Labor support for the social democrat NDP - whose constituents include many social-action groups - bore fruit in the early 1990s with the election of three NDP governments in Ontario, British Columbia, and Saskatchewan.
Both Ontario and British Columbia recently passed labor legislation that lowers the hurdle on union organizing. The move was labeled political payback by business interests, but White calls the measures merely incremental.
Though he often steps to the podium to debate Mr. d'Aquino and others, White spends much of his time in low-profile activities: mending fences between unions and building bridges with social action groups.
"The Canadian labor movement has historically seen itself as an agent of social and economic change," says Leo Gerard, Canadian director for the United Steelworkers of America. "I think Bob's strength is creating coalitions with social action groups."
Yet White's biggest challenge is to keep Canadian unions speaking with one voice. Despite labor's undeniable political success, the inroads on collective bargaining have undercut unity, many observers say.
"There are too many unions in Canada, and too many small unions that can't offer enough services to members," says Fred Pomeroy, executive vice president of the Communications, Energy and Paperworkers Union of Canada, the product of a merger in December. "The economy is going through dramatic changes, and we in the labor movement have to restructure." Some unions rethink path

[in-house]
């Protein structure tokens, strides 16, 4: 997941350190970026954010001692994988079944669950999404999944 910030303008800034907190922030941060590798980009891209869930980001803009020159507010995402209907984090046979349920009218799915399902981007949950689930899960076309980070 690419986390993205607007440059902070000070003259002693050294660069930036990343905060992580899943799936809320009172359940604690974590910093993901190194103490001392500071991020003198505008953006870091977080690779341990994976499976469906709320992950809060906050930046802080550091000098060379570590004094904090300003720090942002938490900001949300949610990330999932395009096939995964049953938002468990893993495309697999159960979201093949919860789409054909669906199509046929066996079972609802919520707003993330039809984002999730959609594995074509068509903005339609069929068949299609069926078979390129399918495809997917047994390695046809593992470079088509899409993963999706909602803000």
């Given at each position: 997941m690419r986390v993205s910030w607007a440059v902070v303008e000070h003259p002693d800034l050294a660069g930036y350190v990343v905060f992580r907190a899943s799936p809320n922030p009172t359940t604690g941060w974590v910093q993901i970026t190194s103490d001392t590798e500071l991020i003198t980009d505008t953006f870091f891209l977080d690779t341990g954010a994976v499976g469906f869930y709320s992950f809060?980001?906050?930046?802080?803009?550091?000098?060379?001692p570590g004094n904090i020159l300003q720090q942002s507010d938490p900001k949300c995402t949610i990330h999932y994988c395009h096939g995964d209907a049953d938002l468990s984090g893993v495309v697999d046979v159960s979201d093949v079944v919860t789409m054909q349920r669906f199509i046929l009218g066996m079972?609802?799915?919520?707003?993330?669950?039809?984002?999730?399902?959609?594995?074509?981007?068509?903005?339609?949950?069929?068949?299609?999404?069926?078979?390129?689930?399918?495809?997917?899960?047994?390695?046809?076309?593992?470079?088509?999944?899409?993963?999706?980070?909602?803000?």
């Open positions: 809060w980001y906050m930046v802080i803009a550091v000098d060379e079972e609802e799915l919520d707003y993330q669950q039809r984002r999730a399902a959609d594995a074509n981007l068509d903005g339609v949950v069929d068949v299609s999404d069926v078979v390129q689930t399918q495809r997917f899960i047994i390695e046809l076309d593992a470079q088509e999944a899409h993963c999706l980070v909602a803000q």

Under intense pressure, some unions are reassessing their positions opposing change proposed by management. Canadian members of the United Steelworkers of America union and the former Communications Workers of Canada, in contrast to the CAW under White, favored a more open dialogue with management.
White's bottom line remains clear, critics and friends alike say, even when it runs counter to the prevailing trends.
"All of this talk about ... work reorganization has to take into consideration the real quality of work life of the workers," White says. "We recognize change. But part of that is understanding how change affects the worker, not just how it makes a company more competitive."